From crispy asparagus tempura to beautiful crab-and-avocado toasts, here are fantastic Spring hors d'oeuvres.
Food & Wine
1 of 13LUCY SCHAEFFER
Gerard Craft grew up in Washington, DC, eating lots of Maryland blue crab. Here, he creates a very simple and delicious starter by tossing sweet crabmeat with fresh mint and lime juice, then spooning it over mashed avocado on toast. You can make the toasts or buy store-bought ones to save time.
This supercrispy tempura from chef Michael Schlow is one of his favorites. "I love anything fried, and it's the perfect cocktail party dish since no knife or fork is necessary," he says. Try serving the tempura with different sauces, like a high-quality soy sauce or curried mayonnaise.
As a dairy-free alternative to creamy dips, the recipe here calls for pureeing sweet peas with scallions, ginger and jalapeño, then seasoning the mix with yellow miso. Serve the spread with different kinds of crackers and breads or sugar snap peas and celery for dipping.
In Mario Batali's riff on the traditional antipasto of prosciutto-wrapped asparagus, he wraps spears in pancetta (which, unlike prosciutto, becomes nicely crispy when cooked) and grills them. Adding a bit of tanginess is the citronette, a marvelously bright-tasting mustardy-orange dressing.
Mauricio Couly uses a mix of spinach, fava beans, green beans and a good amount of mint. He makes his own paprika-spiced empanada dough; store-bought empanada wrappers (available in the freezer section of many supermarkets and specialty food stores) work well, too.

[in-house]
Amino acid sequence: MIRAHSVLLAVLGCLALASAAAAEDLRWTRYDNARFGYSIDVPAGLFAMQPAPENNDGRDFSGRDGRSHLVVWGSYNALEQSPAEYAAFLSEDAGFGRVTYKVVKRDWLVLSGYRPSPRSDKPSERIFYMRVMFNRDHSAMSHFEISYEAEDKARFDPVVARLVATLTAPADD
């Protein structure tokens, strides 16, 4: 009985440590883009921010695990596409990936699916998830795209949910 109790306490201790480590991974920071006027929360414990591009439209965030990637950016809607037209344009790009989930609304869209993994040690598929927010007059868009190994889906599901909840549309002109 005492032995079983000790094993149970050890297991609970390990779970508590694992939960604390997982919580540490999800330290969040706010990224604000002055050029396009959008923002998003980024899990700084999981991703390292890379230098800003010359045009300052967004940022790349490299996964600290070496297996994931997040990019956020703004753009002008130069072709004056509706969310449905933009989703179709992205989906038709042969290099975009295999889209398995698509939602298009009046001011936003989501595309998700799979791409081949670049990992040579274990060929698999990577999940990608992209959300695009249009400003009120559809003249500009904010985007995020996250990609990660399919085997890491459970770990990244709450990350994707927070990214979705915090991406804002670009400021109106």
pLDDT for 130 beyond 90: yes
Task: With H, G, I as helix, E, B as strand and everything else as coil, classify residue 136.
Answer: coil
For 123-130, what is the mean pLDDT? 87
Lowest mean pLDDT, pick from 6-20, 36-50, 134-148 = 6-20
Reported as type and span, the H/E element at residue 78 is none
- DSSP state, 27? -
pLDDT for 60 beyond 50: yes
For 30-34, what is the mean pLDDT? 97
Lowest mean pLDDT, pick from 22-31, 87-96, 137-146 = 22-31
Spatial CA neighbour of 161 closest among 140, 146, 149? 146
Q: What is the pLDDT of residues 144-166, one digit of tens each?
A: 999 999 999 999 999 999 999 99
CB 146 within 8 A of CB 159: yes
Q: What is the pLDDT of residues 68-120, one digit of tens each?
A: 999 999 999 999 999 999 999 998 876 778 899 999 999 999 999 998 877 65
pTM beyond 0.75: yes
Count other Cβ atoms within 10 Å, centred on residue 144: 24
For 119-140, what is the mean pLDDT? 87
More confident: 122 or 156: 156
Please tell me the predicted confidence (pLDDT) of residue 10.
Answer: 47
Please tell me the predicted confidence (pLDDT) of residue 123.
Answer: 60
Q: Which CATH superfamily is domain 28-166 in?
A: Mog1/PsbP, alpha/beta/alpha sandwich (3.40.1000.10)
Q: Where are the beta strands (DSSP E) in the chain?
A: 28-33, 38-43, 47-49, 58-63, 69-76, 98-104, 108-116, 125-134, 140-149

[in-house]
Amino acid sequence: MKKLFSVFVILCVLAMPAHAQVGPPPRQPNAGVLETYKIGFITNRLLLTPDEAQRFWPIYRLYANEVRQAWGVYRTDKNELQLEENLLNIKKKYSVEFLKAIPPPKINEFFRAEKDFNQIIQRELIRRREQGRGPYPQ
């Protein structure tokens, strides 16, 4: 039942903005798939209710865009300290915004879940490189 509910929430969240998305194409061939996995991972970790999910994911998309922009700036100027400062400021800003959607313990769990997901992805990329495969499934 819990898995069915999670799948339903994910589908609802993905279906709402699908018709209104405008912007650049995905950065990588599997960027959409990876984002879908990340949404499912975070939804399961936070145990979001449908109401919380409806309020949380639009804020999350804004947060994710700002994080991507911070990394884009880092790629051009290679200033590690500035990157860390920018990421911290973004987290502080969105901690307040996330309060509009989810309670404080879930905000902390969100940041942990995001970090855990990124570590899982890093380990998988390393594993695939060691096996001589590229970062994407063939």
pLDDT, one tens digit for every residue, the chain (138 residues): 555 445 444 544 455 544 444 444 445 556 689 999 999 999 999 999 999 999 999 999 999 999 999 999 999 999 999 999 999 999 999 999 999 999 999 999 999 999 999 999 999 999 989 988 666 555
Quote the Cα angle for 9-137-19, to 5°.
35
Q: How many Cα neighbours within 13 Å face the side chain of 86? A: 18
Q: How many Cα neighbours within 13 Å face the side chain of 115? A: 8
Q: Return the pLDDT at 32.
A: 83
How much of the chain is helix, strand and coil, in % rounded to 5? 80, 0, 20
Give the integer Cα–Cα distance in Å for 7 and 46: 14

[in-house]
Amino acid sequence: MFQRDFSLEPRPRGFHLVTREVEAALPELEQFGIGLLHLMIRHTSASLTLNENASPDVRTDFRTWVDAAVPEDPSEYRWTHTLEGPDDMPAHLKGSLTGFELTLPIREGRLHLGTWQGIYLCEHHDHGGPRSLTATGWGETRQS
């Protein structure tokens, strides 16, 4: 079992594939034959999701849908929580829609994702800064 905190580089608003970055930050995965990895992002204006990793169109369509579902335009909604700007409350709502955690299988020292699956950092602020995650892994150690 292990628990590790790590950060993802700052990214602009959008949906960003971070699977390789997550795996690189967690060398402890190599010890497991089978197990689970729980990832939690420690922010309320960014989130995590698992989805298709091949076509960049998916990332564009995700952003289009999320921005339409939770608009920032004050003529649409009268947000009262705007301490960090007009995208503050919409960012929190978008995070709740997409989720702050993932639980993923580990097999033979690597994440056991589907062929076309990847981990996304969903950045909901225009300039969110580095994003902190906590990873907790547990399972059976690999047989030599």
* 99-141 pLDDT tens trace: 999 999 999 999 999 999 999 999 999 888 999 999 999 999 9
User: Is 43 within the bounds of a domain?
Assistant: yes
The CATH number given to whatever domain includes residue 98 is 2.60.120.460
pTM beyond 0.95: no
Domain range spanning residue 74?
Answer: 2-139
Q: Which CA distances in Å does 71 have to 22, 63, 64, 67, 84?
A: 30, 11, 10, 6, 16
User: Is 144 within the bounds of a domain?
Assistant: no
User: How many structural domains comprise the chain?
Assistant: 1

A generous portion of bay leaves in the steaming liquid here permeates the artichoke leaves and hearts with flavor and provides an enticing aroma as you serve the dish. The scallion vinaigrette balances the sweetness of the artichokes.
Grace Parisi's Calabrian grandmother always used plain white rice to make her incredible arancini (rice balls), but she prefers to cook with plump arborio because she thinks it makes the insides creamier.
“When I was a kid, my mom fried zucchini fritters when I got home from school; I would steal a couple while they were still hot,” says Didem Senol. “My grandmother fried them, too; she’d make the patties thin and dense. When I started cooking, I decided to work on my childhood recipe. I added herbs and feta and reduced the amount of flour to make them fluffier.” The fritters are terrific on their own or dipped into the yogurt-cucumber sauce.